Upgrade to the Flash 9 viewer for enhanced content, including the ability to browse & search through your favorite titles.
Click here to learn more!
A 2011 New York Times Notable Book
Steven Naifeh and Gregory White Smith galvanized readers with their astonishing Jackson Pollock: An American Saga, winner of the Pulitzer Prize for biography, a book acclaimed for its miraculous research and overwhelming narrative power. Now Naifeh and Smith have written another tour de force—an exquisitely detailed, compellingly readable, and ultimately heartbreaking portrait of creative genius Vincent van Gogh.
Working with the full cooperation of the Van Gogh Museum in Amsterdam, Naifeh and Smith have accessed a wealth of previously untapped materials. While drawing liberally from the artist’s famously eloquent letters, they have also delved into hundreds of unpublished family correspondences, illuminating with poignancy the wanderings of Van Gogh’s troubled, restless soul. Naifeh and Smith bring a crucial understanding to the larger-than-life mythology of this great artist—his early struggles to find his place in the world; his intense relationship with his brother Theo; his impetus for turning to brush and canvas; and his move to Provence, where in a brief burst of incandescent productivity he painted some of the best-loved works in Western art.
The authors also shed new light on many unexplored aspects of Van Gogh’s inner world: his deep immersion in literature and art; his erratic and tumultuous romantic life; and his bouts of depression and mental illness.
Though countless books have been written about Van Gogh, and though the broad outlines of his tragedy have long inhabited popular culture, no serious, ambitious examination of his life has been attempted in more than seventy years. Naifeh and Smith have re-created Van Gogh’s life with an astounding vividness and psychological acuity that bring a completely new and sympathetic understanding to this unique artistic genius whose signature images of sunflowers and starry nights have won a permanent place in the human imagination.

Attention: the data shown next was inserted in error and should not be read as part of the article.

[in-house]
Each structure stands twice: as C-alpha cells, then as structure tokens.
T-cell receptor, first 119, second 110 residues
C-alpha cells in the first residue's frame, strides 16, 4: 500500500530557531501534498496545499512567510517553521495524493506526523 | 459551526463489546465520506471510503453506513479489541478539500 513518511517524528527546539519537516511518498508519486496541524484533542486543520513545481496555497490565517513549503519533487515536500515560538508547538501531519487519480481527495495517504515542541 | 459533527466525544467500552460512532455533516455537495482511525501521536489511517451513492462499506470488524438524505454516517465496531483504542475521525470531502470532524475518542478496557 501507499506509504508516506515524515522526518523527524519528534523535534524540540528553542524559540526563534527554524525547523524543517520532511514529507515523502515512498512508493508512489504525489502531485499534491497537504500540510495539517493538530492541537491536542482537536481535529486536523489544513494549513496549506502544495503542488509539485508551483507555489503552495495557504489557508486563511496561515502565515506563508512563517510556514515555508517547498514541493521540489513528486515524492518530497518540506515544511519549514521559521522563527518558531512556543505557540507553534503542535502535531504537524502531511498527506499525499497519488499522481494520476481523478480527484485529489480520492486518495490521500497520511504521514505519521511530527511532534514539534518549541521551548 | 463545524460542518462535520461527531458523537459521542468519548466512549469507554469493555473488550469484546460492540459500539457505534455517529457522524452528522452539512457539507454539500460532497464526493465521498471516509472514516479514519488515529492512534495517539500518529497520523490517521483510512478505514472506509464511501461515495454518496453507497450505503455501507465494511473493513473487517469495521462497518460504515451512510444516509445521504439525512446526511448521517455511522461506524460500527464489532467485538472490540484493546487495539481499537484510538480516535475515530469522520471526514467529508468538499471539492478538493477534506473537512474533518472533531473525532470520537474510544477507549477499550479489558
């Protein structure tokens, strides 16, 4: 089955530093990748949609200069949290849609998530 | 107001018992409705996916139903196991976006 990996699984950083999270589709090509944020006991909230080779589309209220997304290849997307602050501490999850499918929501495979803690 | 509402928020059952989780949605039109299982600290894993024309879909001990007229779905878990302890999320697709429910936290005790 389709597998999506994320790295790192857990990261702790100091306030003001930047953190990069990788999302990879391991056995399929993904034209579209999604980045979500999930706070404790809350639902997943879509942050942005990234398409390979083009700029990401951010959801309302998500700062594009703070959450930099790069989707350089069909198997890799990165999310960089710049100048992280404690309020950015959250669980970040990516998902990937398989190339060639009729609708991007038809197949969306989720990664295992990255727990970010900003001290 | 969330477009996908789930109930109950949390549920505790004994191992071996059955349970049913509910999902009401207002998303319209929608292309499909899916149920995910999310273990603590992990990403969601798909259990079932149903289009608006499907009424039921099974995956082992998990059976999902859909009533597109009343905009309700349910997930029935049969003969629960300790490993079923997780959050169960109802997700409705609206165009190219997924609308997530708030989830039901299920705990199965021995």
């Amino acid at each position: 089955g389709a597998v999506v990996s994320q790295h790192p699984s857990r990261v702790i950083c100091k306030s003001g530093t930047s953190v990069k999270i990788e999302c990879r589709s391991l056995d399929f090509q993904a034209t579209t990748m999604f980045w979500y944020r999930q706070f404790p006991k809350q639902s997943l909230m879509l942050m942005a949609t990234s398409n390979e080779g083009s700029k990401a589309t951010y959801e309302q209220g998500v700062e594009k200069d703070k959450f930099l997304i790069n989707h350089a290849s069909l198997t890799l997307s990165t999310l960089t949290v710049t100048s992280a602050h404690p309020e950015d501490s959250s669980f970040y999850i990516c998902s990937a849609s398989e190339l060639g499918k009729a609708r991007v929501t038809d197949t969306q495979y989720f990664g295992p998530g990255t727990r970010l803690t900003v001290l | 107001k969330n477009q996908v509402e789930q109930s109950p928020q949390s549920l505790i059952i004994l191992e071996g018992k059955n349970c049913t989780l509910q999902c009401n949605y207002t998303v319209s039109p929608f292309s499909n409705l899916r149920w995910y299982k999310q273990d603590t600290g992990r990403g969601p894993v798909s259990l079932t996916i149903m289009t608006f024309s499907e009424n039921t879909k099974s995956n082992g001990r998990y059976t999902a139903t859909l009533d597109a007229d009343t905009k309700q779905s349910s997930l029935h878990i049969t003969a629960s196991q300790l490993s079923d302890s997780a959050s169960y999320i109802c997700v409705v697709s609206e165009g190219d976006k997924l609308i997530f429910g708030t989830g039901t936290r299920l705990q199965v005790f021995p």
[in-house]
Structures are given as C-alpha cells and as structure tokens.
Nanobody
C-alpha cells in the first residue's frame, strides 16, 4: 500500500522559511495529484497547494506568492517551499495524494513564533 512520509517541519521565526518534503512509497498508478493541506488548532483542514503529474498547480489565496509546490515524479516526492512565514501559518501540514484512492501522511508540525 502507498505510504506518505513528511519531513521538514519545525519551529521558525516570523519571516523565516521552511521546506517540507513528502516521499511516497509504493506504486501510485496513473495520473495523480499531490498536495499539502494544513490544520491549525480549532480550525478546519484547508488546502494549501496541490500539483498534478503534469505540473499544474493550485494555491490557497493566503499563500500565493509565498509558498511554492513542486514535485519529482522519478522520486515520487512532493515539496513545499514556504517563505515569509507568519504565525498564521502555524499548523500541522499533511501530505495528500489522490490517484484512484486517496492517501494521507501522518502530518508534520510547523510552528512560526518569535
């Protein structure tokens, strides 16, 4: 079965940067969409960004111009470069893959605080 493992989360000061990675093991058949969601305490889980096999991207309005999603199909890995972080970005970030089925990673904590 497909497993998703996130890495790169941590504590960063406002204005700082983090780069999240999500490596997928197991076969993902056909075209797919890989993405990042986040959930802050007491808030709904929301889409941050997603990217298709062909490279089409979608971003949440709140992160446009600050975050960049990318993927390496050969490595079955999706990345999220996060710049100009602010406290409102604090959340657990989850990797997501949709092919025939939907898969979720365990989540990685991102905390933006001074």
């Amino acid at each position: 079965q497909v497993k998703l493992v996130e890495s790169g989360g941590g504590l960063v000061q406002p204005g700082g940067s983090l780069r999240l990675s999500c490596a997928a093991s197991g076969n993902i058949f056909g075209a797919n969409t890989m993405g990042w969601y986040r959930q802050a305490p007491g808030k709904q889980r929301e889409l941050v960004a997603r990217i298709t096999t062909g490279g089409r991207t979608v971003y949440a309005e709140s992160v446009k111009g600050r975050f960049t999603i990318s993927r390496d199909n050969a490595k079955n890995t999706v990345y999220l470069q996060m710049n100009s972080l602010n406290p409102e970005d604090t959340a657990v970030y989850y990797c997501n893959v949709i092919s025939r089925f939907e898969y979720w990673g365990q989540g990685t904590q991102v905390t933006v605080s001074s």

Advance praise for Van Gogh: The Life
“The definitive biography for decades to come.”—Leo Jansen, curator, the Van Gogh Museum, and co-editor of Vincent van Gogh: The Complete Letters
Praise for Jackson Pollock: An American Saga
“A superb biography [that] reads with the fluid grace of a fine novel. . . . In a period of many fine biographies, this ranks among the best.”—Detroit Free Press
“Amazing . . . An extraordinarily riveting work, full of miraculous research.”—Chicago Sun-Times
“Brilliant and definitive . . . so absorbing in its narrative drive and so exhaustingly detailed that it makes everything that came before seem like trial balloons.”—The Philadelphia Inquirer
“Monumental and impressive.”—The Washington Post
“Unprecedented . . . Never before have we had such a thorough and affecting account of an American artist.”—Los Angeles Times
“As imposing as a history book, as entertaining as a novel, and as close as the reader may ever come to sharing the breadth—and sensing the madness—of artistic genius and the genesis of a masterpiece.”—USA Today